ASCO 2018: Predicting Disease Progression in Patients with Nonmetastatic CRPC: Analysis from the Phase 3 SPARTAN Trial

Chicago, IL (UroToday.com)  Men with non-metastatic CRPC (nmCRPC) and PSA doubling time (PSADT) of ≤ 10 months are at high risk for metastatic disease and associated death. Apalutamide is a next-generation androgen receptor inhibitor, which binds to the ligand-binding domain of the AR. AR inhibition is secondary to nuclear translocation and DNA binding, with 7-10 fold higher affinity than bicalutamide. Presented at the 2018 GU ASCO meeting and published in the New England Journal of Medicine [1], the SPARTAN trial randomized 1207 men 2:1 to receive apalutamide vs placebo. 

In the primary analysis at 378 events, median metastasis-free survival (MFS) was 40.5 months in the apalutamide group compared with 16.2 months in the placebo group (HR for metastasis or death 0.28, 95% CI 0.23-0.35). Time to symptomatic progression was significantly longer with apalutamide than with placebo (HR 0.45, 95%CI 0.32-0.63). Results from the SPARTAN trial demonstrated that apalutamide decreased the risk of metastasis or death by 72% and prolonged the median MFS by more than two years in men with high-risk nmCRPC. Furthermore, the MFS benefit was supported by consistent improvement across all evaluable endpoints: time to metastasis, PFS, time to symptomatic progression, time to PSA progression, and PSA decline. At  2018 ASCO annual meeting, Dr. Small and colleagues presented results of their post-hoc analysis of SPARTAN, assessing predictors of clinical endpoints among men with nmCRPC. 

Key inclusion criteria for men enrolling in SPARTAN included: 
  • Histologically confirmed adenocarcinoma of the prostate, castration-resistant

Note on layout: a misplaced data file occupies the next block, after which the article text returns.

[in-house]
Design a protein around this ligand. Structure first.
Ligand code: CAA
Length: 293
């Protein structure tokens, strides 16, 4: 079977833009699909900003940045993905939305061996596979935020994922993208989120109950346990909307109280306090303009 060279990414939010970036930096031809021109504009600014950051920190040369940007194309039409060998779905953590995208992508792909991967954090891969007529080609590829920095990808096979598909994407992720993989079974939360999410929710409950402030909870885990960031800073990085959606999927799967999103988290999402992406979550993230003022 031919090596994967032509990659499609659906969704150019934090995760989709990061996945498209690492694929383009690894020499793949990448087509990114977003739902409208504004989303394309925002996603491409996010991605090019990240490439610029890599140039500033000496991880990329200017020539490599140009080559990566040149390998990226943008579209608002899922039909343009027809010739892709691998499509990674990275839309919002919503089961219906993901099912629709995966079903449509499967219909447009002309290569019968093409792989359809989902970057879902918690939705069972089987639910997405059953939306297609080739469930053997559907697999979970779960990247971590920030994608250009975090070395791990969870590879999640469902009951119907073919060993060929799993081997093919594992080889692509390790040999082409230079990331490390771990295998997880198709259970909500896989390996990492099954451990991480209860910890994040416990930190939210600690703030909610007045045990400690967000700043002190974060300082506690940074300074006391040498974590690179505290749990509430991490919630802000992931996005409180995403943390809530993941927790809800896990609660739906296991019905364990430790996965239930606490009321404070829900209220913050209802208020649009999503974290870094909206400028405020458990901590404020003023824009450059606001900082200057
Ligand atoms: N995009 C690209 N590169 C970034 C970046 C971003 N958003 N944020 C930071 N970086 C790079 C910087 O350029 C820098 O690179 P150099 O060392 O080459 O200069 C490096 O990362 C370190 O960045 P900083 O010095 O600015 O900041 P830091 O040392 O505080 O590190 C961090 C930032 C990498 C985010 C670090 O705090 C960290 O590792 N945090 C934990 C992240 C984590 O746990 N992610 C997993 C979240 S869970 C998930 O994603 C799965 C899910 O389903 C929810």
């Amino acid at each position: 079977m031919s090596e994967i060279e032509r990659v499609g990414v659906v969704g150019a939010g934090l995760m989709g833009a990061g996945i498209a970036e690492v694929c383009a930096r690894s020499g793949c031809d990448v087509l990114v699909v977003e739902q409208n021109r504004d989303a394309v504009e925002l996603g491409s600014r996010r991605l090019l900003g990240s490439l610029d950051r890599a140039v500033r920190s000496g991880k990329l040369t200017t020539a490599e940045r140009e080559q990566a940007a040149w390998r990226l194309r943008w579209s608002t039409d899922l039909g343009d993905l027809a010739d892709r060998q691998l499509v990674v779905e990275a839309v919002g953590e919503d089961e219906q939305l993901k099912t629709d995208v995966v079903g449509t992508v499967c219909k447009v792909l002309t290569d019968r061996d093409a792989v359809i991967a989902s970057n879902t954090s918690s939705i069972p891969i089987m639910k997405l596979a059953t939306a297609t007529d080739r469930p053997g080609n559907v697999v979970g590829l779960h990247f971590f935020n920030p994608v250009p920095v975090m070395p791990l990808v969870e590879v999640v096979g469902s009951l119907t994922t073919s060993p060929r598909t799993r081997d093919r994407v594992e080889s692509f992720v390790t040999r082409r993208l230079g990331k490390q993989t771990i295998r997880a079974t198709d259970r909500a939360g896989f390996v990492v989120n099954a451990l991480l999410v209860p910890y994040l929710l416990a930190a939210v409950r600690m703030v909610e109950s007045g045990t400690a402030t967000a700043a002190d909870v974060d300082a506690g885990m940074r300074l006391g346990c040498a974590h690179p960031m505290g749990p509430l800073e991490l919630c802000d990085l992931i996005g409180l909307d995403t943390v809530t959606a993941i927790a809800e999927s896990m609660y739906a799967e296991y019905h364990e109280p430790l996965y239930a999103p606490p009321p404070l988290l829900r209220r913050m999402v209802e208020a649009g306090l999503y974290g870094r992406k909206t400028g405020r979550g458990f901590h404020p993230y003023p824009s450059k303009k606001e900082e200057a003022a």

• High risk of developing metastasis: PSA doubling time of 10 months or less during continuous ADT 
  • Negative bone scan and CT of the pelvis, abdomen, chest, and head 
For this study, the authors used a non-stratified proportional hazards model to assess predictors of clinical end points, examining the following covariates: (i) treatment received, (ii) PSADT, (iii) use of bone-sparing agents, (iv) N0 vs N1 at study entry, (v) ECOG performance status, (vi) prior therapies, (vii) Gleason score, (viii) age, and (ix) baseline PSA. 

Among the 1207 patients included in SPARTAN (n=806 apalutamide; n=401 placebo), a relationship between shorter PSADT and faster time to metastasis or death was observed in the placebo arm:  
Screen Shot 2018 06 02 at 10.43.44 PM

The following covariates were independent predictors of longer MFS for the combined arms analysis:  
  • Apalutamide treatment: HR 0.26 (95%CI 0.21-0.32) 
  • PSADT > 6 months: HR 0.65 (95%CI 0.51-0.84) 
  • N0 disease: HR 0.68 (95%CI 0.52-0.89) 
  • Gleason score at diagnosis ≤ 7: HR 0.75 (95%CI 0.61-0.92) 
  • Baseline PSA ≤ 7.8 ng/mL: HR 0.59 (95%CI 0.47-0.73) 
Non-significant predictors of metastasis included ECOG PS (0 vs 1; p=0.154), use of bone-sparing agents (p=0.174), prior hormonal therapies (≥2 vs 1; p=0.406), and age (p=0.0784). 

Even when adjusting for clinical predictors of MFS, apalutamide maintained a 74% risk of reduction for MFS, consistent with a similar magnitude of risk reduction as noted in the primary analysis (72% risk reduction). This study also highlights several other clinical predictors of metastasis, including PSADT, N0 disease, Gleason score, and baseline PSA. 

Clinical trial information: NCT01946204 

Presented By: Eric J. Small, Helen Diller Family Comprehensive Cancer Center, University of California, San Francisco, San Francisco, CA 
Co-Authors: Fred Saad, Dana E. Rathkopf, Boris A. Hadaschik, Simon Chowdhury, Margaret K. Yu, Angela Lopez-Gitlitz, Oliver Brendan Rooney, Youyi Shu, Mohamed Darif, Matthew Raymond Smith; Centre Hospitalier de l’Université de Montréal/CRCHUM, University of Montréal, Montréal, QC, Canada; Memorial Sloan Kettering Cancer Center and Weill Cornell Medical College, New York, NY; University of Duisburg-Essen, Essen, Germany; Guy's, King's and St Thomas' Hospitals, London, United Kingdom; Janssen Research & Development, Los Angeles, CA; Janssen Research & Development, High Wycombe, United Kingdom; Janssen Research & Development, Collegeville, PA; Janssen Research & Development, San Diego, CA; Massachusetts General Hospital Cancer Center and Harvard Medical School, Boston, MA 

Written by: Zachary Klaassen, MD, Urologic Oncology Fellow, University of Toronto, Princess Margaret Cancer Centre, Twitter: @zklaassen_md  at the 2018 ASCO Annual Meeting - June 1-5, 2018 – Chicago, IL USA

References: 
1. Smith MR, Saad F, Chowdhury S, et al. Apalutamide treatment and metastasis-free survival in prostate cancer. N Engl J Med 2018;378(15):1408-1418.
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